Word of the DayTuesday, June 26, 2001
\fay-tah-kom-PLEE; fet-ah-\ , noun;
plural faits accomplis \same or -PLEEZ\
An accomplished and presumably irreversible deed or fact.
In 1991, with German reunification a fait accompli and the European Community striding toward full political and economic integration, the future had seemed extraordinarily bright.
-- Richard K. Lester, The Productive Edge
Olga, strict and tradition-minded, marries a man her father has found for her in Greece: she accepts the choice as a fait accompli, and falls in love with him on sight.
-- Michiko Kakutani, "After 'Eleni,' Life of a Woman's Children in America", New York Times, October 17, 1989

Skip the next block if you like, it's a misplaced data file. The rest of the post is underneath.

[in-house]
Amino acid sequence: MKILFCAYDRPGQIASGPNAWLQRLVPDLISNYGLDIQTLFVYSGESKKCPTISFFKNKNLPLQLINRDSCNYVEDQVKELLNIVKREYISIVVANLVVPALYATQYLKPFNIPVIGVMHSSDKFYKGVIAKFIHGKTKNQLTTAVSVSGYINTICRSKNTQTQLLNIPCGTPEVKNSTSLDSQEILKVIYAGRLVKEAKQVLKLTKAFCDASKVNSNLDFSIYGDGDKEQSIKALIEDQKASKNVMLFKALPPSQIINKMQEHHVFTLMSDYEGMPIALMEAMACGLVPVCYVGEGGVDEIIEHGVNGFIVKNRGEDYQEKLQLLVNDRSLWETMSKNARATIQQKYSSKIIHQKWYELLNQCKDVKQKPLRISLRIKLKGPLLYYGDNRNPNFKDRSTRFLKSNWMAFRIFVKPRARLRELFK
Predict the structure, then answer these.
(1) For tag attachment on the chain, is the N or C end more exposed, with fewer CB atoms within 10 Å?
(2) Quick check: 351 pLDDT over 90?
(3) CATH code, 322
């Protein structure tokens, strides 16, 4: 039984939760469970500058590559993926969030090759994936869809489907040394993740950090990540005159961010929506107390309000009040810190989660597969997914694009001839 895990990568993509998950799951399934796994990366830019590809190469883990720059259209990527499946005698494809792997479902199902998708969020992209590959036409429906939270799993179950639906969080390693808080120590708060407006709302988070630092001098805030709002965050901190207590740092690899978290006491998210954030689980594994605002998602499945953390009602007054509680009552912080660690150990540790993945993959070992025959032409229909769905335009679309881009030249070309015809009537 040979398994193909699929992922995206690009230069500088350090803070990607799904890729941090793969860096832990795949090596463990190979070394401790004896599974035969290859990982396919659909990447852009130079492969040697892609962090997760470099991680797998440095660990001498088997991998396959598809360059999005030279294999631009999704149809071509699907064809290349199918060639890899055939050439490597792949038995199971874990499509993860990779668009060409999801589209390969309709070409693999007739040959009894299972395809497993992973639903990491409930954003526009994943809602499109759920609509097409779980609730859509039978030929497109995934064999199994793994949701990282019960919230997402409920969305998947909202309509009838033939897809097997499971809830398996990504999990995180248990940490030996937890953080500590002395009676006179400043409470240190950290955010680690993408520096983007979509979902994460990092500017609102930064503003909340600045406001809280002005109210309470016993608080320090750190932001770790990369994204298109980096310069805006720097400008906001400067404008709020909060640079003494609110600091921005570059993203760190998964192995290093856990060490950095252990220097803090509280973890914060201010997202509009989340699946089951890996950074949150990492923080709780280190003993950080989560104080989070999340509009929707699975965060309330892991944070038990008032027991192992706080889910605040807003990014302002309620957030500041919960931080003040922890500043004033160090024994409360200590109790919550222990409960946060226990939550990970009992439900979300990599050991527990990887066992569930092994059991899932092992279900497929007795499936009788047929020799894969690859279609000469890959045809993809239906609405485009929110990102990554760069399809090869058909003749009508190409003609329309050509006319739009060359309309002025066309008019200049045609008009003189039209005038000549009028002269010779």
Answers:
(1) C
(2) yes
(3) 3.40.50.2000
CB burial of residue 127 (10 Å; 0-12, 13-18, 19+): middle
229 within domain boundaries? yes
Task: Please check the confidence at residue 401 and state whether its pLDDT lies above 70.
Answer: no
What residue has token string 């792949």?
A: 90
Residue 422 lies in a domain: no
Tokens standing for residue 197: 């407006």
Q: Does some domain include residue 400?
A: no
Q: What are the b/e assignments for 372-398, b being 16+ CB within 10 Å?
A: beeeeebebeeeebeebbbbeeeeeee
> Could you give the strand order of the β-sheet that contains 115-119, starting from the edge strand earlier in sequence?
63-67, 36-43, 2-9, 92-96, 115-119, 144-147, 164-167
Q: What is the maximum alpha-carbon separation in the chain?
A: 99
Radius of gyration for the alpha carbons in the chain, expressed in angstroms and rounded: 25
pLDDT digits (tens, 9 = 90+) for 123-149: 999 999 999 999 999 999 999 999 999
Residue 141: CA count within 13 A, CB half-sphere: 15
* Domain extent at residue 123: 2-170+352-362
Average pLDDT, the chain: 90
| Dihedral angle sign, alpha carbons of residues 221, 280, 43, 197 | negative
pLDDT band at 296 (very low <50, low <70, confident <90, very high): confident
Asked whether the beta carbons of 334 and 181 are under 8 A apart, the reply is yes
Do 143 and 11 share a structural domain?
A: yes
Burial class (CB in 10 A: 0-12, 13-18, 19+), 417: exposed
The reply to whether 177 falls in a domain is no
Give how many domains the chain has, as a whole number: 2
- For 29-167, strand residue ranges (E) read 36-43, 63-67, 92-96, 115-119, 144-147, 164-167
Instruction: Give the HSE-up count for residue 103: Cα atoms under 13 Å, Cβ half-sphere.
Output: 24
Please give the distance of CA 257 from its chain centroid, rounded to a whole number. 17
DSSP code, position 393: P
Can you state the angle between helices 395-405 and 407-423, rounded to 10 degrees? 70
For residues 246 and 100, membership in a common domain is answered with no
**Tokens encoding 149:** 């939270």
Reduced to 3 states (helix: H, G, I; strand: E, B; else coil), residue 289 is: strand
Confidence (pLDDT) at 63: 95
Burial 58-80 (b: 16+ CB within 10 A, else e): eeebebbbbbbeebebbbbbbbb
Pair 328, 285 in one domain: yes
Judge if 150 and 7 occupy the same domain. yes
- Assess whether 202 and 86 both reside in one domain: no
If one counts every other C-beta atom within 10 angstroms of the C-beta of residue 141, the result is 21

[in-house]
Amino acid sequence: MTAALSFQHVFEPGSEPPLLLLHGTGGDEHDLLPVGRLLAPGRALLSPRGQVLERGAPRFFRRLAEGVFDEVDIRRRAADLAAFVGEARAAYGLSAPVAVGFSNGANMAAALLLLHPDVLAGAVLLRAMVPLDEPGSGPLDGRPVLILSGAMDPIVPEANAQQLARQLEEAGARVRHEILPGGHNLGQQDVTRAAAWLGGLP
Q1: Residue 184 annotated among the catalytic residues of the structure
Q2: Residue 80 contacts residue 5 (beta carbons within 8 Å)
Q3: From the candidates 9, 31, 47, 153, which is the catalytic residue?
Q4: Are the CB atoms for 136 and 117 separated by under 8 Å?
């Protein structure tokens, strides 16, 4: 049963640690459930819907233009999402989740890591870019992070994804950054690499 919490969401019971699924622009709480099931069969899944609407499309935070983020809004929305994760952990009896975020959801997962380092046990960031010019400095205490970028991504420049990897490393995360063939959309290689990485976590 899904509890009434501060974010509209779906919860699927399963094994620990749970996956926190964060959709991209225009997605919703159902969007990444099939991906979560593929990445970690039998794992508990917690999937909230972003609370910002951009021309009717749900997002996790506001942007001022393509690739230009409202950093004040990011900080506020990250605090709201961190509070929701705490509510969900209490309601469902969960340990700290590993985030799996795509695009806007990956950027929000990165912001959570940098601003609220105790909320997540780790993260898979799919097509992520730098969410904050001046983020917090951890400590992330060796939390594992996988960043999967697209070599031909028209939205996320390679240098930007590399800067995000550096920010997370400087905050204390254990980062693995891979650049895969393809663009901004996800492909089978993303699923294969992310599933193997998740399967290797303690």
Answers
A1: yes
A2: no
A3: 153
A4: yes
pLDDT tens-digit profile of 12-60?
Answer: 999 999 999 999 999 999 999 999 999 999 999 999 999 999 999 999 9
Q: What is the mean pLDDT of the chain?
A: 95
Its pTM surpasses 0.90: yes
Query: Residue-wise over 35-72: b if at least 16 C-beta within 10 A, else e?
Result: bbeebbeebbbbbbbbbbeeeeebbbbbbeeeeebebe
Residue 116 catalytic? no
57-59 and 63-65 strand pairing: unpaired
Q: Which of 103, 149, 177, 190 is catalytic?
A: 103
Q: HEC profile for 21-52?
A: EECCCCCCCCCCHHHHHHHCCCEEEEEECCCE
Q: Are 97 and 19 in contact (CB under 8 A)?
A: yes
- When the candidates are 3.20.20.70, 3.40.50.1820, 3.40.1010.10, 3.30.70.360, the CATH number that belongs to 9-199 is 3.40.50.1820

To argue that Napoleon could have acted differently at Borodino is a meaningless wrestle with a fait accompli.
-- James Wood, The Broken Estate
Fait accompli comes from the French, literally meaning "accomplished fact": fait, from Latin factum, "a thing done," from factus, past participle of facere, "to make or do" + accompli, past participle of accomplir, from Latin ad- + complere, "to fill up, to complete," from com- + plere, "to fill."
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